The Australian Christian Lobby has long asserted that legalising brothels rolls out the red carpet for sex traffickers. Preventing trafficking is best achieved by the pro-women Nordic model of prostitution law reform.
By contrast, a legalised or ‘decriminalised’ regime, as in Victoria, leads to the oppression of women as demonstrated by fresh revelations of sex slavery. However, brothel operators in South Australia continue to promote decriminalisation reform bills.
AFP Detective Superintendent Jayne Crossling said recently, “There are brothels that we are aware of that they are physically locked in. They are not allowed to leave. Or if they are allowed to leave, they have to be escorted at all times by somebody that is an employee. That is a reasonably common scenario.” Det. Supt. Crossling also said that many women were held in “debt bondage” situations and had their passports seized by brothel operators.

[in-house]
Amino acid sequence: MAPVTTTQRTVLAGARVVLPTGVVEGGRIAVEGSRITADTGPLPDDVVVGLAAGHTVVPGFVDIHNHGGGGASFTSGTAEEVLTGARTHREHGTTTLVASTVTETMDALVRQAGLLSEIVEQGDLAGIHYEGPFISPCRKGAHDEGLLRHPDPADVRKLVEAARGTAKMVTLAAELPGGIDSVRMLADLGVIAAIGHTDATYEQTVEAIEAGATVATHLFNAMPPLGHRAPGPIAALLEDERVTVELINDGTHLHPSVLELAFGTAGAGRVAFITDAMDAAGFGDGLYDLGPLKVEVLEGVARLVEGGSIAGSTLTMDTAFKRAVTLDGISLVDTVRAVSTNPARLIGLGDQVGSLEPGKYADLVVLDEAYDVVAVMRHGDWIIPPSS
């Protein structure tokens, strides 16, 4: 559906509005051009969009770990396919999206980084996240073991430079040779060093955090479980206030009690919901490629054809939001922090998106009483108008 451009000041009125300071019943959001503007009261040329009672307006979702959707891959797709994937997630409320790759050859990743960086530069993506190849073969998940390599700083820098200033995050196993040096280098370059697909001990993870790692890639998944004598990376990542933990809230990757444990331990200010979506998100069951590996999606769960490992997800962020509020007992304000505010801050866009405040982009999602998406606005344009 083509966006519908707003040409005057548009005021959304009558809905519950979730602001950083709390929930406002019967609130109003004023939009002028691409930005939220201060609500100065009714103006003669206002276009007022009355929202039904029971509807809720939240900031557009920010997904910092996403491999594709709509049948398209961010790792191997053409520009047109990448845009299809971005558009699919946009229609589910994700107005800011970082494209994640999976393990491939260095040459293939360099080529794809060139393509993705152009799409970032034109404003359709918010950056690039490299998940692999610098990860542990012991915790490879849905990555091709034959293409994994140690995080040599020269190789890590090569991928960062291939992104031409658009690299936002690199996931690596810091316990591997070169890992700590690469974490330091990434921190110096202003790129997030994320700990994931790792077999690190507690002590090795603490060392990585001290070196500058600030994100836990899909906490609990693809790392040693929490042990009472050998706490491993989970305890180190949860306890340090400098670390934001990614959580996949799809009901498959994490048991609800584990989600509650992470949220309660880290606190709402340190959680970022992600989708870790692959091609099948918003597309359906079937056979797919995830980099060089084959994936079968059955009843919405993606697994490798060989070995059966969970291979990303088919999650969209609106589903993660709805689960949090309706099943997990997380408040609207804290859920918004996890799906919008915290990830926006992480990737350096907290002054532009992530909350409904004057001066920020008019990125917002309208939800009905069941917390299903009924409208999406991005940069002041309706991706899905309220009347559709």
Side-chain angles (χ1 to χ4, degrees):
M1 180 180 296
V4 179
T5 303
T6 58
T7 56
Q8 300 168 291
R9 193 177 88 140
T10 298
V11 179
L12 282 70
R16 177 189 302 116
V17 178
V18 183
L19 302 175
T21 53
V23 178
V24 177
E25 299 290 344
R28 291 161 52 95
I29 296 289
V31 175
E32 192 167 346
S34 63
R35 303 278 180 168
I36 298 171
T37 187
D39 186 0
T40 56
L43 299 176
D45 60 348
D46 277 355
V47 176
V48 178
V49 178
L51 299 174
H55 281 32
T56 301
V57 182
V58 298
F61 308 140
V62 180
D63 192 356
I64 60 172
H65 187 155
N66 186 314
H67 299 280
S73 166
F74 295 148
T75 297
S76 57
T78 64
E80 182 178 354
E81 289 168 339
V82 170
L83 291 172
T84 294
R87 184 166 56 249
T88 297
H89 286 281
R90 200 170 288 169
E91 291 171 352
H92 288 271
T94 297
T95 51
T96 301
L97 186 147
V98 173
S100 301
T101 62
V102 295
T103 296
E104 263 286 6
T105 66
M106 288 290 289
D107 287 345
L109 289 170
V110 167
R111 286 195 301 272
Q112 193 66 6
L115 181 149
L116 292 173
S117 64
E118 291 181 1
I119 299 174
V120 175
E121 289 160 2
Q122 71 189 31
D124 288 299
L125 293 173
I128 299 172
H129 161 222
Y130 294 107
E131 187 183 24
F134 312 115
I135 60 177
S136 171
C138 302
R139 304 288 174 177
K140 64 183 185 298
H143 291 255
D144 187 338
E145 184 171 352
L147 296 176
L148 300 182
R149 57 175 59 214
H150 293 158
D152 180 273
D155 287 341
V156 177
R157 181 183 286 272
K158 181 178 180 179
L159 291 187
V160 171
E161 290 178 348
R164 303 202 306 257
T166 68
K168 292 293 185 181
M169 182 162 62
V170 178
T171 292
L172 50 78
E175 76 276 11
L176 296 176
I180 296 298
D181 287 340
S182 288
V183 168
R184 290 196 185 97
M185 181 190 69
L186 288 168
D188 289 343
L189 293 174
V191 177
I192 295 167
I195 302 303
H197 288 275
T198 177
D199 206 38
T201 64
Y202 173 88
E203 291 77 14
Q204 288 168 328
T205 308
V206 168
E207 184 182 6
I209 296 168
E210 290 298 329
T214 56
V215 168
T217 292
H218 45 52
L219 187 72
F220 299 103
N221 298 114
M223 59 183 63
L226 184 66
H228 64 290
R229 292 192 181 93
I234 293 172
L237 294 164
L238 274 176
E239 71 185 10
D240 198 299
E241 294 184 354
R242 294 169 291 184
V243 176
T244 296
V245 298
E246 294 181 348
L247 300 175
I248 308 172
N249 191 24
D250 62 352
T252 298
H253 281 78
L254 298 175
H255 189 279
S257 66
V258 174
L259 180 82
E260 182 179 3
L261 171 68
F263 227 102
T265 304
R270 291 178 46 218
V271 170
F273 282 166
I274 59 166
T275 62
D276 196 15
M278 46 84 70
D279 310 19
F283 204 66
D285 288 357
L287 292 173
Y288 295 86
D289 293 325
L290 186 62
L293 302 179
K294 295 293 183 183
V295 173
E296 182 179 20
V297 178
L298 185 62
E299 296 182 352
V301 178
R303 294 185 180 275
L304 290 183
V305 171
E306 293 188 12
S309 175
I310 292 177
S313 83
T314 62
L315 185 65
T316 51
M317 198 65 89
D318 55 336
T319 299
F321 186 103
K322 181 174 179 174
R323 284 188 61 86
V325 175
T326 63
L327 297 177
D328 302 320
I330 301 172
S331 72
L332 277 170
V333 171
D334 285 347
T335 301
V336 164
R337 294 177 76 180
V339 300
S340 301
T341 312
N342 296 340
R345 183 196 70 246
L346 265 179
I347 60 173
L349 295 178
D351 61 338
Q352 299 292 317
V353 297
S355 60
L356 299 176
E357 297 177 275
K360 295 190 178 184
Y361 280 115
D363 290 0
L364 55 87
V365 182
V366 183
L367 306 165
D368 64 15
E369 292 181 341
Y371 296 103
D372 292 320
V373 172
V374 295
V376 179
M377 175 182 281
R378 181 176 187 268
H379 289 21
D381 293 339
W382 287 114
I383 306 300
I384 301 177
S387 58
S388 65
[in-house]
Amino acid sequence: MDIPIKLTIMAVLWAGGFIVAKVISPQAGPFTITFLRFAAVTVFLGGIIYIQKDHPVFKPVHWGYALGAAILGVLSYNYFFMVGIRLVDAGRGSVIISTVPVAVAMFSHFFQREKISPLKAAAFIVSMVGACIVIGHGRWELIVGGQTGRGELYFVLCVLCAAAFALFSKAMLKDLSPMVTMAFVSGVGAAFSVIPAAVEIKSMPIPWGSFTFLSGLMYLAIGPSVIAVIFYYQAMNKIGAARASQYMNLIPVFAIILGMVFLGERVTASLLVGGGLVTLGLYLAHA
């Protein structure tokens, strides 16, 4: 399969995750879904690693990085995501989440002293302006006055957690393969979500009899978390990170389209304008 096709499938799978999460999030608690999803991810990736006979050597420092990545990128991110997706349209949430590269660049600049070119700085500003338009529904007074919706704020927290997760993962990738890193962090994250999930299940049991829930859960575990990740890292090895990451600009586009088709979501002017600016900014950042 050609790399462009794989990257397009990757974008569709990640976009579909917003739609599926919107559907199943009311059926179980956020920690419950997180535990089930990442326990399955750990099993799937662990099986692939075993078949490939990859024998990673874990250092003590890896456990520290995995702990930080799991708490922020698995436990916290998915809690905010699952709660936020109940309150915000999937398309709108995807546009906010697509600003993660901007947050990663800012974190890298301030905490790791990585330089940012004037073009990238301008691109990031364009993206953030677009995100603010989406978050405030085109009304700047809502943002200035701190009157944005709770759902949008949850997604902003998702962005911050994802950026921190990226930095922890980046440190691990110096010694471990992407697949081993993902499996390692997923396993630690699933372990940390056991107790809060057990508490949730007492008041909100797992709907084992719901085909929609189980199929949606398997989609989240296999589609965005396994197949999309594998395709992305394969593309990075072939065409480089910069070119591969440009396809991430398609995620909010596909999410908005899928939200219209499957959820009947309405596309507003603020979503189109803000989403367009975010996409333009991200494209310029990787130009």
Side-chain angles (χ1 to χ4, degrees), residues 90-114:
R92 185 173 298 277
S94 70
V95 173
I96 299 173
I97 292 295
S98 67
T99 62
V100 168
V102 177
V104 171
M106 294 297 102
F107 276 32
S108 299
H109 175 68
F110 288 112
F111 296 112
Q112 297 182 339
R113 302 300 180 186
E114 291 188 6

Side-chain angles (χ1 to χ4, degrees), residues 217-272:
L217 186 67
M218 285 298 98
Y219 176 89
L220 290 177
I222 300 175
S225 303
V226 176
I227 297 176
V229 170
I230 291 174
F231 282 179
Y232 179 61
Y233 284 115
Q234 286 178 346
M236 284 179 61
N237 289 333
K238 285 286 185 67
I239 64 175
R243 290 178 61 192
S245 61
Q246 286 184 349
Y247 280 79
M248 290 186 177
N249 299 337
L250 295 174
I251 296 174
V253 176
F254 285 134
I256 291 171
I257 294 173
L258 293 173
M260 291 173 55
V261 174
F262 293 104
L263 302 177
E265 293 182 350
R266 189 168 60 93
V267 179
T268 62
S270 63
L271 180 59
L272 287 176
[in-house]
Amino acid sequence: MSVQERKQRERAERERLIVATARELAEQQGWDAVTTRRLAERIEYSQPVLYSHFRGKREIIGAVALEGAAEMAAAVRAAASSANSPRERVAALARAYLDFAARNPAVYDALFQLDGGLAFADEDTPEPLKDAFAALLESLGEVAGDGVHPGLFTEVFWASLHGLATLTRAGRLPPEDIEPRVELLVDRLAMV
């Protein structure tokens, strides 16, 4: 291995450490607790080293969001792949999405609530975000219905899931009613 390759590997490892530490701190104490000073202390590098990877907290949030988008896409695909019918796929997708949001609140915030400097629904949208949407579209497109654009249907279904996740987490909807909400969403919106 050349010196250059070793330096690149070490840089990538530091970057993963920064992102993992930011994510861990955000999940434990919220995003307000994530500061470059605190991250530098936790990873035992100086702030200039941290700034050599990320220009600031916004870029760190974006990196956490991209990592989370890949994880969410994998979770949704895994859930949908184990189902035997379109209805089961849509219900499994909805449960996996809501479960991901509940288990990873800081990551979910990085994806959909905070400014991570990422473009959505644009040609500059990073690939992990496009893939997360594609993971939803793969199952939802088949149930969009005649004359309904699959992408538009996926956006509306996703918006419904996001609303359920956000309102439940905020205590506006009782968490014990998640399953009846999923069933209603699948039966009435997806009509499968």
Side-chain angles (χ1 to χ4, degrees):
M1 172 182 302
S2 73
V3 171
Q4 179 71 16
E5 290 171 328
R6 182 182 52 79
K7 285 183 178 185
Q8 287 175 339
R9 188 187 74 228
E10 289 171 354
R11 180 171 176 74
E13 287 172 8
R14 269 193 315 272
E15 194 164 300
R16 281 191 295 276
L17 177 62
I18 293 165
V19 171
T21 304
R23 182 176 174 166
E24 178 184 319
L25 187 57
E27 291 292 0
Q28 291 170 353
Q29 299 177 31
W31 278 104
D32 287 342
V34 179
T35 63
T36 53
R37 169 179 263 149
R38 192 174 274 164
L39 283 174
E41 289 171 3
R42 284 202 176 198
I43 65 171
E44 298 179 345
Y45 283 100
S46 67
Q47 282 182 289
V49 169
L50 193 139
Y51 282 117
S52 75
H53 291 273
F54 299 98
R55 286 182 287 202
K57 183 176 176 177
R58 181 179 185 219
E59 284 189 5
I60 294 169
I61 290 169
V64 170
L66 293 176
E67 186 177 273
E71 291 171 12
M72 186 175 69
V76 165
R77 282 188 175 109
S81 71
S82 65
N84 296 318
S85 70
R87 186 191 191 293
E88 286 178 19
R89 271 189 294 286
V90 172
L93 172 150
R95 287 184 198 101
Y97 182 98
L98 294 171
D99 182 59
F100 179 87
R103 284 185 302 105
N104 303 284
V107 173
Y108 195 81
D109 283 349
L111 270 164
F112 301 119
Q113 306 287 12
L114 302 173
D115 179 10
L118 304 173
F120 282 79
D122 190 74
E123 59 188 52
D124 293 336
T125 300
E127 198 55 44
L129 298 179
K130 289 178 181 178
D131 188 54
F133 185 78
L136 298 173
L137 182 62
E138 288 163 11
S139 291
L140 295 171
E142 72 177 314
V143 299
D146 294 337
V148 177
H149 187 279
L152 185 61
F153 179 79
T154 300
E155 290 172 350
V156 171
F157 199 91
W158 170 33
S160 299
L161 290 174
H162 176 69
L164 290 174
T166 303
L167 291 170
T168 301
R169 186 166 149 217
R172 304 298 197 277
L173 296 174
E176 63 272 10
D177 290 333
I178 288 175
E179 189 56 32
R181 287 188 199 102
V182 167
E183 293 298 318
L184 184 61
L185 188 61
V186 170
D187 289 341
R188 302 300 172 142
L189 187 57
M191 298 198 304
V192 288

“The ACL calls upon the South Australian Parliament to adopt the Nordic Model of prostitution law reform,” ACL SA director Christopher Brohier said. He explained that “the Model decriminalises selling sex, but criminalises buying sex and provides real exit strategies for prostituted people.”
“This provides a major power shift away from the pimps (brothel operators) and johns (the buyers) and empowers prostituted people, who are mainly women, to get out of prostitution,” Mr Brohier added. He concluded, "the right thing to do, the pro-women thing to do, is to do all we can to help prostituted people and reduce this oppressive avenue to sexual violence and slavery.